This process can reactivate faults, increase seismic activity, and lift pressure on magma chambers that feed volcanoes.

This has happened several times throughout Earth’s history, and the evidence suggests that it is starting to happen again. Of course, not every volcanic eruption and earthquake in the years to come will have a climate-change link.

“A particular worry,” writes Bill McGuire in New Scientist, is that such seafloor landslides could “contribute to large-scale releases of methane gas from the solid gas hydrate deposits that are trapped in marine sediments.

Gas hydrates have been identified around the margins of all the ocean basins, and outbursts of gas may occur as sea temperatures climb or as rising sea levels trigger underwater quakes in the vicinity.”

World Watch Institute, 31 July 2006

Another Paris agreement needed!

Global warming is the cause of a number of damaging effects to the earth and its inhabitants, such as climate change, glacier retreat, rising sea levels, and now we may have a new threat on the horizon… world war!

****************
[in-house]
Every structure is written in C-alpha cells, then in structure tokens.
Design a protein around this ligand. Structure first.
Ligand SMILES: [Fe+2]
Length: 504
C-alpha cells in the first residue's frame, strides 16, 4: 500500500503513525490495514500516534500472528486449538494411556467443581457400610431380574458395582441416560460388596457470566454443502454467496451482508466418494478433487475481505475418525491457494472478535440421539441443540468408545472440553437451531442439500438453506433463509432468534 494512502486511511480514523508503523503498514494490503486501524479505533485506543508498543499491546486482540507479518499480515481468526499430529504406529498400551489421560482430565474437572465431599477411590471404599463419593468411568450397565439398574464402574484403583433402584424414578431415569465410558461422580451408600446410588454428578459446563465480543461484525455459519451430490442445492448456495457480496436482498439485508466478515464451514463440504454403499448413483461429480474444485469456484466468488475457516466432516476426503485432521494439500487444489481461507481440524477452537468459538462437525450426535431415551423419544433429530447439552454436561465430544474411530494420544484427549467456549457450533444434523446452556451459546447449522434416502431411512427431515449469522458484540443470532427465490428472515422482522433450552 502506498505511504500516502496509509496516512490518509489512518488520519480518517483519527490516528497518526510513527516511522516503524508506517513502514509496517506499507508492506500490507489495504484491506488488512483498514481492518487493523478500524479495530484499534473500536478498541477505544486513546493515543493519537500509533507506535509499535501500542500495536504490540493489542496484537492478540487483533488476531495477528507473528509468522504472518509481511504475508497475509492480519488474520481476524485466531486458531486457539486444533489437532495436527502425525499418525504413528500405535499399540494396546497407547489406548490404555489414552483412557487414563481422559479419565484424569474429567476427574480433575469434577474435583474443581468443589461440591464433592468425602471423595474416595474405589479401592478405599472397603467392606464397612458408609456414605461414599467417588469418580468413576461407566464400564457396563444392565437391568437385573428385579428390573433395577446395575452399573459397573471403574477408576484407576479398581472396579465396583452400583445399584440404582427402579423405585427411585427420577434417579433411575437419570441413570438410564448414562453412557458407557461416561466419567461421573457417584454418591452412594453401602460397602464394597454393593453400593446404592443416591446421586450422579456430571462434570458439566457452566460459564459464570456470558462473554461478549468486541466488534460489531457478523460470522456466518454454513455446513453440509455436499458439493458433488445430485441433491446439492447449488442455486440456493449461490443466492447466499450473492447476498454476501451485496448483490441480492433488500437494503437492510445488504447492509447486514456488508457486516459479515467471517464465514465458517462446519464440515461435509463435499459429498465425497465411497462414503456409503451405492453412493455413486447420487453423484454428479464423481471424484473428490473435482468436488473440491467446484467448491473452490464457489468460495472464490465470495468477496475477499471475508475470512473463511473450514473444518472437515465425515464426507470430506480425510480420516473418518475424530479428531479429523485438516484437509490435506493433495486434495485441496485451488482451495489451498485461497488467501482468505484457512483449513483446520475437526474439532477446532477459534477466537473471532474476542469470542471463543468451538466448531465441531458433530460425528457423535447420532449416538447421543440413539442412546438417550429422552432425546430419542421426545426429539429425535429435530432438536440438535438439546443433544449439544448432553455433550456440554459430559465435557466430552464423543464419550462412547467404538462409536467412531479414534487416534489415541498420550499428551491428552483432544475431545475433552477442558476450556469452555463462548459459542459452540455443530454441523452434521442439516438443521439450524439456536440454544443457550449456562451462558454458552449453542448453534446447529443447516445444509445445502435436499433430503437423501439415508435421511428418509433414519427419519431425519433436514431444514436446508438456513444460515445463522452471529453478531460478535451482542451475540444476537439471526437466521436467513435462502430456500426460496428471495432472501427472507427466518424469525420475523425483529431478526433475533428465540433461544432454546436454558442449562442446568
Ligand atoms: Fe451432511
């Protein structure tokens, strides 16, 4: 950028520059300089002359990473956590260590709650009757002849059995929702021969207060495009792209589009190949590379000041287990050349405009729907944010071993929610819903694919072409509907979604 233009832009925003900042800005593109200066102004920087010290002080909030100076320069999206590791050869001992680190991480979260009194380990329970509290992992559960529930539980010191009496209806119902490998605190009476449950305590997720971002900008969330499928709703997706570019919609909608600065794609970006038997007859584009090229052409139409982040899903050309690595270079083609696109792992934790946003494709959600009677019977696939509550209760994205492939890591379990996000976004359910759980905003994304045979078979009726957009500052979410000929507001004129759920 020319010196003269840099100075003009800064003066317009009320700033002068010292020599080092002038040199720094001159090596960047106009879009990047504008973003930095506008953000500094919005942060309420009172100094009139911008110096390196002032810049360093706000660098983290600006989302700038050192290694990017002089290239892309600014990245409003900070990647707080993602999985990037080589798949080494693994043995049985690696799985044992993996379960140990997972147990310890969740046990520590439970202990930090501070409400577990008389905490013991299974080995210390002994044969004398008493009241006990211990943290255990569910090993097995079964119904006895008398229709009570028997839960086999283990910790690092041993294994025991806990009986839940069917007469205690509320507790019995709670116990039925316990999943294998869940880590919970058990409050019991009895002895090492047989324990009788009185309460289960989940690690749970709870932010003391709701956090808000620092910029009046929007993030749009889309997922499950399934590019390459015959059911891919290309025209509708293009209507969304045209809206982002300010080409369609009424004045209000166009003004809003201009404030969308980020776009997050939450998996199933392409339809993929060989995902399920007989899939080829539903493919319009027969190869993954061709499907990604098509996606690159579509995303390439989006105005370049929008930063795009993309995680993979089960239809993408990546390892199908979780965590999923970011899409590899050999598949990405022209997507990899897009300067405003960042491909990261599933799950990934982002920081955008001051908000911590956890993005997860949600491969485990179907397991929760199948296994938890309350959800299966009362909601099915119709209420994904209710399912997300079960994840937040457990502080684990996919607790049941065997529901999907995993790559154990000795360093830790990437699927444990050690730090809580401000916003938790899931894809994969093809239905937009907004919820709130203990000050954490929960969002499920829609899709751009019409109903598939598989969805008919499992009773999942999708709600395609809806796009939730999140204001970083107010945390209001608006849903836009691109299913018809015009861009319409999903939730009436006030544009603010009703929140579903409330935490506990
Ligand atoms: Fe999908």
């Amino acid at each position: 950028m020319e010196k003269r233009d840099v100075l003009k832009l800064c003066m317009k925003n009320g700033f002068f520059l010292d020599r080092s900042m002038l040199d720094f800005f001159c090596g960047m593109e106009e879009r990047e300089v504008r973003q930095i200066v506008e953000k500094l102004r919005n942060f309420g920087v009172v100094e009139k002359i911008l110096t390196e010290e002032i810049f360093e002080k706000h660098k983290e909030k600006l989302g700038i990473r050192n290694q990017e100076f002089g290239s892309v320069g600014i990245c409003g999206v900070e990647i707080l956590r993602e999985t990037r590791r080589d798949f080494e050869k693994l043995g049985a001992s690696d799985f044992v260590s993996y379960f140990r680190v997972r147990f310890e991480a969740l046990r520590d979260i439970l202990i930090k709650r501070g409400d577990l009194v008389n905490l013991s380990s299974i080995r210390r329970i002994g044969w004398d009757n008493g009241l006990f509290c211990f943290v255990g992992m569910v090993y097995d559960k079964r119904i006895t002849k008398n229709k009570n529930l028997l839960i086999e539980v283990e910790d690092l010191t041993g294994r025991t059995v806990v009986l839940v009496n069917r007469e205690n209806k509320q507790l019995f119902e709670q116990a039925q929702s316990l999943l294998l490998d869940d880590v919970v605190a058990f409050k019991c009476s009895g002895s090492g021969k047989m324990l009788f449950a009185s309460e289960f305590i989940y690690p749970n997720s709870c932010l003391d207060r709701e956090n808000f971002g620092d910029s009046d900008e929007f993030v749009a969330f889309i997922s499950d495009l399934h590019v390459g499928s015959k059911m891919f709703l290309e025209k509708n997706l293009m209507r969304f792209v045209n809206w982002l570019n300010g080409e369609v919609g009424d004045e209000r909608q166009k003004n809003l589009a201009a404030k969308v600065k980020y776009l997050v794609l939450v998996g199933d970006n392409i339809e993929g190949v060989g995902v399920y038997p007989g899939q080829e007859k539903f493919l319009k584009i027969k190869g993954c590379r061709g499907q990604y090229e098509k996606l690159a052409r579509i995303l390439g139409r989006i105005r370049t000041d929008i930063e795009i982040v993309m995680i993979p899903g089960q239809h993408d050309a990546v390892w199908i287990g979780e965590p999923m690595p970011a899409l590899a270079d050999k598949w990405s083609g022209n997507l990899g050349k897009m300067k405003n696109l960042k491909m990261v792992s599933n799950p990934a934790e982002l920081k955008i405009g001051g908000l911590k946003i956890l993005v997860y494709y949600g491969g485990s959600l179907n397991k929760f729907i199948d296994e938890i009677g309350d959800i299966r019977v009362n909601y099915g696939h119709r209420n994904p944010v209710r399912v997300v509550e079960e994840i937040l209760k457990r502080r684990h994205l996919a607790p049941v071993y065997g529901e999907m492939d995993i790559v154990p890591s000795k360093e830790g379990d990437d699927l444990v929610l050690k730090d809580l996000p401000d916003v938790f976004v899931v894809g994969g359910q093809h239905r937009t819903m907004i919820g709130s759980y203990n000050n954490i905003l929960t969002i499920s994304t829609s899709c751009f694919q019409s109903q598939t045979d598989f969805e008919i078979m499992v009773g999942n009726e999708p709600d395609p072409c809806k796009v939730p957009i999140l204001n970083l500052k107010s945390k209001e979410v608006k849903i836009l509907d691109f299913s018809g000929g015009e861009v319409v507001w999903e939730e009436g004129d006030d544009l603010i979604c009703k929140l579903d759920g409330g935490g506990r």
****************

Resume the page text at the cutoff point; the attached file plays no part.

According to the 2007 CNA Corporation report, there is clear indication that as the tensions of global warming continue to heat up, so may the possibilities of war… a Hot War! The first thing we need to do as a nation is concentrate on reducing our own pollution levels.

Each country has the most control over itself and its citizens and should therefore be held accountable for its own actions.

Beyond that, each government needs to open communications with each other in order to help incorporate pollution reduction programs and technologies into every nations lifestyle around the world.

Such a plan would help make current efforts more effective by not only producing awareness on a global level, but providing a consistent plan for all to follow.

Tree Hugger, 4 Jan 2009

can’t see this idea catching on

But when American utilities and other major emitters are simply given free permits to emit greenhouse gases, the effect of the carbon cap is dulled.